11. Ah, that would make a lot of sense as to how I didn't find anything when I searched the wrong forum. Thanks for putting this in the proper place, and for the advice. I'll have to search this forum - perhaps I'll find my answer and ad a big "SOLVED" to the title of the thread later. Guess it shows how new I am to developing games.
  12. So, I'm trying to make an iOS game, and I was hoping it would be more along the lines of a portfolio project than an actual attempt to be hugely successful. But, then I thought to myself, it's probably better if the project becomes popular. And making a little cash on the side wouldn't be too bad either. So, I started thinking of ways to attempt to promote my game and at least get some people downloading it. Then I realized that I really have nothing to build on. I currently have zero social media presence (I only have a Facebook, and only close friends and family know I even have an account) and no connections. So, I am looking for tips on how to get started. Some people have suggested posting concept art on Instagram or something, but I figured I'd ask around and see if any industry regulars or veterans had any tips that I could do to supplement the launch of the app. As a followup question, how soon should I actually market it, as well? Right now, I have the concept, I know what I want to do with the combat, and I have a logo for the title screen, but that's about it. I figure this very moment is probably a bit early to start trying to generate hype (because by the time I finish the project people will most likely have lost interest) but I really don't know when what I have is "enough" for trying to market it, or how long I should wait. Any suggestions are much appreciated! If there's anything relevant that's missing in this post pertaining to what I have for the project or what resources I have available to me for something like this, feel free to ask! I'd be glad to answer and I'll do my best to respond quickly.
  13. rcrawford115

    Art Program

    I really haven't tried a lot of them, but GIMP has been pretty good for my 2D Art needs for more detailed work, but for classic-style sprites I actually prefer using MS Paint. Anything that's meant to look 32-bit and under, I use MS Paint for. My only gripe is that it doesn't support layers, but it's so lightweight that my aging laptop can still run it without dying from memory leaks (or so I assume they are) and you really don't need every tool that comes in a lot of bigger editing tools like Photoshop and Krita. At least, not when you're doing sprites in a 16-bit or 32-bit style. But, hey, that's just my opinion.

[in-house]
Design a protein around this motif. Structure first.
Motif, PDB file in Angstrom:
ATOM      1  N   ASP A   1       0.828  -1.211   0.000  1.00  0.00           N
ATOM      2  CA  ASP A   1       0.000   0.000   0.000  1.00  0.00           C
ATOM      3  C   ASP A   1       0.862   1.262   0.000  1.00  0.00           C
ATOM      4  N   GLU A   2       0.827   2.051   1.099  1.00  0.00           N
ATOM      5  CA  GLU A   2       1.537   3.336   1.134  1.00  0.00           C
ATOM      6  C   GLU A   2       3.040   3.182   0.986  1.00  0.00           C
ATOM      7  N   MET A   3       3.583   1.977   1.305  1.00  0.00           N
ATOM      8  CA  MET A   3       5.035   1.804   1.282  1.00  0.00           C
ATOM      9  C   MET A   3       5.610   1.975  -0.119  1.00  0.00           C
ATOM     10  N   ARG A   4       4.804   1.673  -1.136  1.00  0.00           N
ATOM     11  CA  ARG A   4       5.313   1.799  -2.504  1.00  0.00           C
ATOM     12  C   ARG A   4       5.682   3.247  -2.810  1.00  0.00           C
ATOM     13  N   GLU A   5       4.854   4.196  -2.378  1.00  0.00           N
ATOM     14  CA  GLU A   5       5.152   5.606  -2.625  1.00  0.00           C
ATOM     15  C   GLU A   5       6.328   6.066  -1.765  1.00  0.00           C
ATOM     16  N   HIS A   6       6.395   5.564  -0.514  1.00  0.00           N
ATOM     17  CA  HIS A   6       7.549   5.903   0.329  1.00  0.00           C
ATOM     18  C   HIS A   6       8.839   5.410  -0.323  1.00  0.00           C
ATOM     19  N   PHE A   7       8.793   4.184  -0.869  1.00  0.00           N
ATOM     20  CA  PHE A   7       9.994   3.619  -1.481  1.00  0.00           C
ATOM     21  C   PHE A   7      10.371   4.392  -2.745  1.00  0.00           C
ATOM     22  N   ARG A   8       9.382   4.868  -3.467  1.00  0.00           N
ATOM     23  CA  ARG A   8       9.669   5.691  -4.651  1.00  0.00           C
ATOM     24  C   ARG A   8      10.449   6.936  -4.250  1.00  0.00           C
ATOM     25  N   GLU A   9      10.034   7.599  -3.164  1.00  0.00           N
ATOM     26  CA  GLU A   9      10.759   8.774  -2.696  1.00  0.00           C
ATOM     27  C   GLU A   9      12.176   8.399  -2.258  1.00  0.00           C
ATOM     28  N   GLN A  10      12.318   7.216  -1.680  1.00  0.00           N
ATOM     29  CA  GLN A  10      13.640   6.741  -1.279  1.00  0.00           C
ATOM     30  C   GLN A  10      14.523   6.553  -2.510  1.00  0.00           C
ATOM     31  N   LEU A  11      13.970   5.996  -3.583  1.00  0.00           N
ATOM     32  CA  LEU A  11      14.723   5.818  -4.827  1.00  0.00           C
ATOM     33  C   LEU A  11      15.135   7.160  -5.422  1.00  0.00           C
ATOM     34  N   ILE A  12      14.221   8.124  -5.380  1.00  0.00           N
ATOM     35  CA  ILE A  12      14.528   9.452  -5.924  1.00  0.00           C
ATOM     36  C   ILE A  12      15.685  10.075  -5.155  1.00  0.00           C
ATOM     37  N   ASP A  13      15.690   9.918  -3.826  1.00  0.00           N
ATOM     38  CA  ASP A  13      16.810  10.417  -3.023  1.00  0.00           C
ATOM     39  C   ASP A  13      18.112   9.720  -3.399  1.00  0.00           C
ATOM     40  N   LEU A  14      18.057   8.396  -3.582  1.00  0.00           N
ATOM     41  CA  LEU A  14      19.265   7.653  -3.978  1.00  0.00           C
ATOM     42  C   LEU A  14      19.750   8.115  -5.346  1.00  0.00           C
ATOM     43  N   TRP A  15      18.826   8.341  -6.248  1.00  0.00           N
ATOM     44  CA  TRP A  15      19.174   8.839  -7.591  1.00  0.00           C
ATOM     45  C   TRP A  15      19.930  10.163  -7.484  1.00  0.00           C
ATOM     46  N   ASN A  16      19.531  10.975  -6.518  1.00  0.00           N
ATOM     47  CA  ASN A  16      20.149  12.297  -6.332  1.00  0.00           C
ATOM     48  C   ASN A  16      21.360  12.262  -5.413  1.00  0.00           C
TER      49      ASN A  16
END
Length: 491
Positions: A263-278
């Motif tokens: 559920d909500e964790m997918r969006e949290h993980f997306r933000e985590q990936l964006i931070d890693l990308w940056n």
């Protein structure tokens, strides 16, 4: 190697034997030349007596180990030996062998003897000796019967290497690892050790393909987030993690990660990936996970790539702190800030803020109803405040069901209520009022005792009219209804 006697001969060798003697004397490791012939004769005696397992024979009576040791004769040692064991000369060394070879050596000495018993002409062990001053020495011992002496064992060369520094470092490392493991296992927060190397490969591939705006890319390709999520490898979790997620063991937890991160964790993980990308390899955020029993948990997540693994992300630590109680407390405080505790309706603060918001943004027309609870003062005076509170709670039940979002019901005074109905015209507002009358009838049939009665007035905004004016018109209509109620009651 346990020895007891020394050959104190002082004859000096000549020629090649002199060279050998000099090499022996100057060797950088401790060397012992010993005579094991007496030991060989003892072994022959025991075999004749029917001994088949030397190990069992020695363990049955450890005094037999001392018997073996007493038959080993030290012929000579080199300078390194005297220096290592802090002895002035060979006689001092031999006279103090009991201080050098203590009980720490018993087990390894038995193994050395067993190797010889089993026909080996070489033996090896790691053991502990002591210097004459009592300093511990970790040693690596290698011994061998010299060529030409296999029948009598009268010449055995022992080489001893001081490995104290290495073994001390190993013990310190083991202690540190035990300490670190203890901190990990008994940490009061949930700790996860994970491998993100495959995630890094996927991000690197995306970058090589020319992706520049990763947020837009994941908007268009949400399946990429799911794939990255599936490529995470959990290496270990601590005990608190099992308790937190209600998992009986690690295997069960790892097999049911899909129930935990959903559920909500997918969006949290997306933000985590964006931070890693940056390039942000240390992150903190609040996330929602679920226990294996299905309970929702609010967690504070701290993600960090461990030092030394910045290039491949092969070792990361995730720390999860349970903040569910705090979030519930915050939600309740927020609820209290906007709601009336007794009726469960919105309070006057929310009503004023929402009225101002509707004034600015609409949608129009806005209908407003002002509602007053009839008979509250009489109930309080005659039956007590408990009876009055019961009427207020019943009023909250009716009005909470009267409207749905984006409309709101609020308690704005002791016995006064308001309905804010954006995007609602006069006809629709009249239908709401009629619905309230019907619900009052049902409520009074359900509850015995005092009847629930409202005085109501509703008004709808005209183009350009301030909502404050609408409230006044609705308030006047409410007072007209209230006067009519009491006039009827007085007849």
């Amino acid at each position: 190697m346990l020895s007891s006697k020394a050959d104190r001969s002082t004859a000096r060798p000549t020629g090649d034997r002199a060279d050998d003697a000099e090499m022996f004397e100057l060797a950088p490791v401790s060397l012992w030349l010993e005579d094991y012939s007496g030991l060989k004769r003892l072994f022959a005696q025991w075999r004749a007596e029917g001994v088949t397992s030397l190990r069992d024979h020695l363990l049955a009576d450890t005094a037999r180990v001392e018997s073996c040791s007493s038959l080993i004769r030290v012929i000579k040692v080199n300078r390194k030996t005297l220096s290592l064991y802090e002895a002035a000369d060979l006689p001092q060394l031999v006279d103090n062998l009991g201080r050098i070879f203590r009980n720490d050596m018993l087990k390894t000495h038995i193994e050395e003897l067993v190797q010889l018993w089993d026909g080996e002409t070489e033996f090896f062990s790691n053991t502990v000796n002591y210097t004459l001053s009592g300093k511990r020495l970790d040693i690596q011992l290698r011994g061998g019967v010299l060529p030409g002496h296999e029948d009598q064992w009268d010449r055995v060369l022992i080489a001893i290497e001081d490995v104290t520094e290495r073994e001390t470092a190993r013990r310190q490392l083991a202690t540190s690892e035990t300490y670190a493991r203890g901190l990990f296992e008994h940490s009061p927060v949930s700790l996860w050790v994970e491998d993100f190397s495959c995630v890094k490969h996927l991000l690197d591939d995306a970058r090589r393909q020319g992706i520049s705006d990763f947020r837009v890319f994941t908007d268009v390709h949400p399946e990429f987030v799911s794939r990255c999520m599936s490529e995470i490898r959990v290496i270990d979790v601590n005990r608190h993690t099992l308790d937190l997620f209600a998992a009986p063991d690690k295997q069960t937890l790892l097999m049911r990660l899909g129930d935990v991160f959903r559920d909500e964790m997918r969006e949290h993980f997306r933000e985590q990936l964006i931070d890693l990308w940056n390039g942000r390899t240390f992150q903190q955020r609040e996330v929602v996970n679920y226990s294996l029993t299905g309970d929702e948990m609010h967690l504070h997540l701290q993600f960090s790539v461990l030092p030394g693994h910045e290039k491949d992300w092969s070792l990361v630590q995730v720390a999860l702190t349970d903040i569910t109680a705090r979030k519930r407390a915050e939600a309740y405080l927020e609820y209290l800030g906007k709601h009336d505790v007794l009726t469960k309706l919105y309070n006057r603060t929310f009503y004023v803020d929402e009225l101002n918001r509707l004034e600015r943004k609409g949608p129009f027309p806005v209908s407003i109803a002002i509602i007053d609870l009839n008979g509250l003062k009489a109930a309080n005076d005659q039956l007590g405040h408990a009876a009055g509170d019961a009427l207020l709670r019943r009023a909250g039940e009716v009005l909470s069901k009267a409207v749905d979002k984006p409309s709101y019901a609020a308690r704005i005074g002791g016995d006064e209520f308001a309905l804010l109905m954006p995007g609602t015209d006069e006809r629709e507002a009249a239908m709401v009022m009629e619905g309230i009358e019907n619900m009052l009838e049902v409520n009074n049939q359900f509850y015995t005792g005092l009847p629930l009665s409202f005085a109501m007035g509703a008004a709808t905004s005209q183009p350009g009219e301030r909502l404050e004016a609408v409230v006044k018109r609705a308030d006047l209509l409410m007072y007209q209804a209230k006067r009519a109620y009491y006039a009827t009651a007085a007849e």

14. So, I'm currently trying to put a title screen image together for my app, and I wanted to make sure it would be the right size without having to scale it, so it doesn't end up losing resolution or something. But, currently I'm using GIMP for my image manipulation, so I have free range over what kind of resolution I want to work in. Does it matter if I work on a canvas with a resolution of, say, 100 px/inch (for example's sake)? Would that affect the assets when drawn in my mobile app? I wanted to know before starting so that I wouldn't waste hours of my life on this logo, and have it be completely ruined because I'd been working in the wrong resolution. For reference, I'm going for more of a crisp 32-bit style, and I want to make sure it doesn't blur so much. I'm also probably going to be developing for iOS only, with a focus on the iPhone 6.
  15. A bad reputation, I cannot confirm or deny. I do, however, know a handful of students (making my class dip far below their advertised average) that are also having trouble because they also could not land an internship before graduation. The school is also not accredited by any measure that I could find. When I was a dumb teenager looking for a school, I had no idea that schools actually needed to get accredited for this kind of thing - it was actually a more recent revelation to me when I started my job search that accreditation was actually a thing that people look for. All duly noted. I never expected a handout, but I figured it wouldn't be as tough as it turned out to be. I'd heard that employers were a bit of a tough crowd to please, but just how tough is pretty surprising.